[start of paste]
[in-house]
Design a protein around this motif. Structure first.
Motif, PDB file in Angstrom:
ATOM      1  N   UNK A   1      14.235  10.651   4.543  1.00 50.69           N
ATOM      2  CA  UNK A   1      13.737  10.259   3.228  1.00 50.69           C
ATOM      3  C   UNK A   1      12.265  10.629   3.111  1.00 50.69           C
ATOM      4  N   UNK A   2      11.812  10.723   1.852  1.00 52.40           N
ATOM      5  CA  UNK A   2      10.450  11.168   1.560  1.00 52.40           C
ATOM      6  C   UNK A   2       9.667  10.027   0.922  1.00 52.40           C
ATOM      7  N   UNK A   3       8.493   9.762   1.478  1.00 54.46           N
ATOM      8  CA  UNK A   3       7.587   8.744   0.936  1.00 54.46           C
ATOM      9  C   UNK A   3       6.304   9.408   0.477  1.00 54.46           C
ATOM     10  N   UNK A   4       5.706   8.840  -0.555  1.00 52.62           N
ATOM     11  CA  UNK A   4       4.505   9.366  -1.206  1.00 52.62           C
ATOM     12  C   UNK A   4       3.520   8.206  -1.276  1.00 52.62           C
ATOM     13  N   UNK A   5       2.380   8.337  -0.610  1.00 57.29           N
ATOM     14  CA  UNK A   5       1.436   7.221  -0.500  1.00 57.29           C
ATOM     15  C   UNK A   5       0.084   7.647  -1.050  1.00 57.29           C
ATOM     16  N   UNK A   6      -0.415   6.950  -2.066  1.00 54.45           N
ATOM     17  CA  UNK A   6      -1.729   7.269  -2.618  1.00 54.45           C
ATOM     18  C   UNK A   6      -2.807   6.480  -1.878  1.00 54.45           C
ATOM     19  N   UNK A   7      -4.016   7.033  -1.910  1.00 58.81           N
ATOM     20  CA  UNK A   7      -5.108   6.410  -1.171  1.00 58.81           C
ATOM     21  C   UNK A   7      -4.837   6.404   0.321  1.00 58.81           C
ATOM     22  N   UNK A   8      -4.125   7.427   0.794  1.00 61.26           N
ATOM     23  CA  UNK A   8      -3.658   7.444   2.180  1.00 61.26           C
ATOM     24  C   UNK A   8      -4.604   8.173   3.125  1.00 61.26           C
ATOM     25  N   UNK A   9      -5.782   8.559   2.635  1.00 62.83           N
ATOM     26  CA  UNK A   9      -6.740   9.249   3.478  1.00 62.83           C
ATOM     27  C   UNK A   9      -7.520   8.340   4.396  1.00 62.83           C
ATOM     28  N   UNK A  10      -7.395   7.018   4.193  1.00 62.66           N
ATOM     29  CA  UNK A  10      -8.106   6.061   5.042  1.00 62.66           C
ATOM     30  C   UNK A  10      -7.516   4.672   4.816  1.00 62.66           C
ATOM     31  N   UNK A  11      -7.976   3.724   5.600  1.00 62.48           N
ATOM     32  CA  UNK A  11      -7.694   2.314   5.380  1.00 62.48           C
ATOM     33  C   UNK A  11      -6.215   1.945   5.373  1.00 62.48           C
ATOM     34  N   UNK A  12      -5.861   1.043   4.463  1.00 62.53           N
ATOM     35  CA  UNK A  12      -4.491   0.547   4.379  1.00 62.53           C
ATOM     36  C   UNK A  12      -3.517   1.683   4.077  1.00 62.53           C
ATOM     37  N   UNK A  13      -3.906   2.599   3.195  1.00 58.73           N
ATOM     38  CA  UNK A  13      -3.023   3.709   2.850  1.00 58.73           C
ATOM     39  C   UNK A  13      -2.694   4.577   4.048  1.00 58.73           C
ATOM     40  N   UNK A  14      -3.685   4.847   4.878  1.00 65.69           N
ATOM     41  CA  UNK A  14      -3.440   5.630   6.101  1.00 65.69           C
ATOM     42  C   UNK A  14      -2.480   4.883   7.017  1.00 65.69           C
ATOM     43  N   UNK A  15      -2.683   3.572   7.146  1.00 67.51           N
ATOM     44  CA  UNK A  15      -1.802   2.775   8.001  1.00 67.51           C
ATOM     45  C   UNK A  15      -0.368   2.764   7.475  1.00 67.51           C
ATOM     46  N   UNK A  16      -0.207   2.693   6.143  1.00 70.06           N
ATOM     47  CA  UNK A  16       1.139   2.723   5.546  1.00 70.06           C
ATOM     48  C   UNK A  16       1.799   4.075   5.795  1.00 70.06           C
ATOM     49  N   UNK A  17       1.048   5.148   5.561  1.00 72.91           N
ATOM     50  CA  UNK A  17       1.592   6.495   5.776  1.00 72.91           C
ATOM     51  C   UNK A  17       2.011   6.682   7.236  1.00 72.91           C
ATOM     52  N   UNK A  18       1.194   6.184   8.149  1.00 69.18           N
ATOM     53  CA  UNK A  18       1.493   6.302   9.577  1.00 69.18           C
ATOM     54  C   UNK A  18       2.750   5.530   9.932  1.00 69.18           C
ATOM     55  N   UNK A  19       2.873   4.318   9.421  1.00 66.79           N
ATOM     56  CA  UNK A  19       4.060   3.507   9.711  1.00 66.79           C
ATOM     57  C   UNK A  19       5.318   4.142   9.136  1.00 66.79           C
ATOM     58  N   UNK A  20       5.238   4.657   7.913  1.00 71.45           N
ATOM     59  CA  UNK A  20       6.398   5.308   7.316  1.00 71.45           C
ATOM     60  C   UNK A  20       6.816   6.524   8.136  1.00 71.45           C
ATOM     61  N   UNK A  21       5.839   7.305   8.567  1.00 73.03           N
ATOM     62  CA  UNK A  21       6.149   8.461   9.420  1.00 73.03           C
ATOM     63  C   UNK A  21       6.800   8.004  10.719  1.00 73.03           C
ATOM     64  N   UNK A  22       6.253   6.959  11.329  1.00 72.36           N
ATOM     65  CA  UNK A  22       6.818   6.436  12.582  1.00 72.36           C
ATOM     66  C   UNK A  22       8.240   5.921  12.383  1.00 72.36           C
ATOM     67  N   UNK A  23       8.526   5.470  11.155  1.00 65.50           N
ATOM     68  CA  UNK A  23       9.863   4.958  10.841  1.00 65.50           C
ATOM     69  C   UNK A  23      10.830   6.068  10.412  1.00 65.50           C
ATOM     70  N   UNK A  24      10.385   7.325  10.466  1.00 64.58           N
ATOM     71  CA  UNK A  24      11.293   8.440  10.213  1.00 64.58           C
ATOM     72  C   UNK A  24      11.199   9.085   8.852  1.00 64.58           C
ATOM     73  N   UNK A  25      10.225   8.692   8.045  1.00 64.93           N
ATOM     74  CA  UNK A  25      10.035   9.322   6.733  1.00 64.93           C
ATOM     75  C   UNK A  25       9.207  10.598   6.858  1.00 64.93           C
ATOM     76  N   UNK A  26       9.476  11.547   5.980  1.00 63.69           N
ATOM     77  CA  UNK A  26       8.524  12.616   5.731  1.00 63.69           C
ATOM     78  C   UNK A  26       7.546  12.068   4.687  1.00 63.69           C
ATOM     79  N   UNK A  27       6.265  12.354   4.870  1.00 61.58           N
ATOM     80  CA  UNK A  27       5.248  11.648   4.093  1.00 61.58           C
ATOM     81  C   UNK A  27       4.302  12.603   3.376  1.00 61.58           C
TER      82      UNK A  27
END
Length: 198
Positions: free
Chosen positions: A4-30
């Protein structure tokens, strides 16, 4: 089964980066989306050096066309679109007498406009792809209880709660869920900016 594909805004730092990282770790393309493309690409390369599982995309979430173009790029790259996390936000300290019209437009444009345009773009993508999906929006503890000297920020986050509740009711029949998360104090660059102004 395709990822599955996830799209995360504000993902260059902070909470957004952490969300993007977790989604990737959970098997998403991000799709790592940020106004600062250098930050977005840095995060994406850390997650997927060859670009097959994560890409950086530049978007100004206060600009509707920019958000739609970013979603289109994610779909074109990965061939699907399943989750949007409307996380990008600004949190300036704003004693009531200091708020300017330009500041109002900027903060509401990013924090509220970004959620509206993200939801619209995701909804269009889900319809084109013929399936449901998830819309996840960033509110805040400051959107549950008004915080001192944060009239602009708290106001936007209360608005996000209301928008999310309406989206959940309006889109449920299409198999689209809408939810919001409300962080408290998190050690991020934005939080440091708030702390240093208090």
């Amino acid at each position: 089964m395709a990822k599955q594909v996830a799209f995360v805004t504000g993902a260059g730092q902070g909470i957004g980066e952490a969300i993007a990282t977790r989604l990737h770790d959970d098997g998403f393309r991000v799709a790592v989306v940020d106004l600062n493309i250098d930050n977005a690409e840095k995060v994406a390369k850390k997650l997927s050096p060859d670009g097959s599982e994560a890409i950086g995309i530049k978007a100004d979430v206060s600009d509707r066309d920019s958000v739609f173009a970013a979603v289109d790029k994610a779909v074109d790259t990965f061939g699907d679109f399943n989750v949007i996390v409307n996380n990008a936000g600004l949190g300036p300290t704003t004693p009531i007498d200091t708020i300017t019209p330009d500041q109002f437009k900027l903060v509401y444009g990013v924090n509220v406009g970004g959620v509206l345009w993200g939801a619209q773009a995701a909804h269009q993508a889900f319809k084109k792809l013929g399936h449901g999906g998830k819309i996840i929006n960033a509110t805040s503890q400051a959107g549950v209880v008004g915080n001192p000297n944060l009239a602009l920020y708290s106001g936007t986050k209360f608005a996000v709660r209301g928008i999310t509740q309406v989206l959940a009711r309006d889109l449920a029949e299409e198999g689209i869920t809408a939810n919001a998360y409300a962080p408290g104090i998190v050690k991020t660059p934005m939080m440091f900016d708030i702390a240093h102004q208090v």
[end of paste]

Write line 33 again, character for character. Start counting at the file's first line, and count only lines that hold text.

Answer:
ATOM     30  C   UNK A  10      -7.516   4.672   4.816  1.00 62.66           C